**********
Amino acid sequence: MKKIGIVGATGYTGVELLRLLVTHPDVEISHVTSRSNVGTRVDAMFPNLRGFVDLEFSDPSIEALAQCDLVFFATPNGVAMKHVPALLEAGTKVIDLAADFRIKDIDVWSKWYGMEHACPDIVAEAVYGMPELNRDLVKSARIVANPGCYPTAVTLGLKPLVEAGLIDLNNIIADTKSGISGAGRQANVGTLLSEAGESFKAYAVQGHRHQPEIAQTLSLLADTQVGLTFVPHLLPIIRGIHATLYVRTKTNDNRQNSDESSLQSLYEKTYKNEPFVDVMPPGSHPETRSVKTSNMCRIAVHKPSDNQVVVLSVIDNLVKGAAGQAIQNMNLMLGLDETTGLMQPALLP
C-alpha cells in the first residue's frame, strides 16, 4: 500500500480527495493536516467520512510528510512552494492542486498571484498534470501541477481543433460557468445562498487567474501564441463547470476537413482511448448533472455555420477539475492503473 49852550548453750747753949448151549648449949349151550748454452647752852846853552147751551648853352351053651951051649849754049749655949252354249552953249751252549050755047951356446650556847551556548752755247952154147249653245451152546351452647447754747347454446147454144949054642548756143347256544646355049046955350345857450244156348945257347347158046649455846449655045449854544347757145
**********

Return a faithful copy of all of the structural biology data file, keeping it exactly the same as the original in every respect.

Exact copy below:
Amino acid sequence: MKKIGIVGATGYTGVELLRLLVTHPDVEISHVTSRSNVGTRVDAMFPNLRGFVDLEFSDPSIEALAQCDLVFFATPNGVAMKHVPALLEAGTKVIDLAADFRIKDIDVWSKWYGMEHACPDIVAEAVYGMPELNRDLVKSARIVANPGCYPTAVTLGLKPLVEAGLIDLNNIIADTKSGISGAGRQANVGTLLSEAGESFKAYAVQGHRHQPEIAQTLSLLADTQVGLTFVPHLLPIIRGIHATLYVRTKTNDNRQNSDESSLQSLYEKTYKNEPFVDVMPPGSHPETRSVKTSNMCRIAVHKPSDNQVVVLSVIDNLVKGAAGQAIQNMNLMLGLDETTGLMQPALLP
C-alpha cells in the first residue's frame, strides 16, 4: 500500500480527495493536516467520512510528510512552494492542486498571484498534470501541477481543433460557468445562498487567474501564441463547470476537413482511448448533472455555420477539475492503473 49852550548453750747753949448151549648449949349151550748454452647752852846853552147751551648853352351053651951051649849754049749655949252354249552953249751252549050755047951356446650556847551556548752755247952154147249653245451152546351452647447754747347454446147454144949054642548756143347256544646355049046955350345857450244156348945257347347158046649455846449655045449854544347757145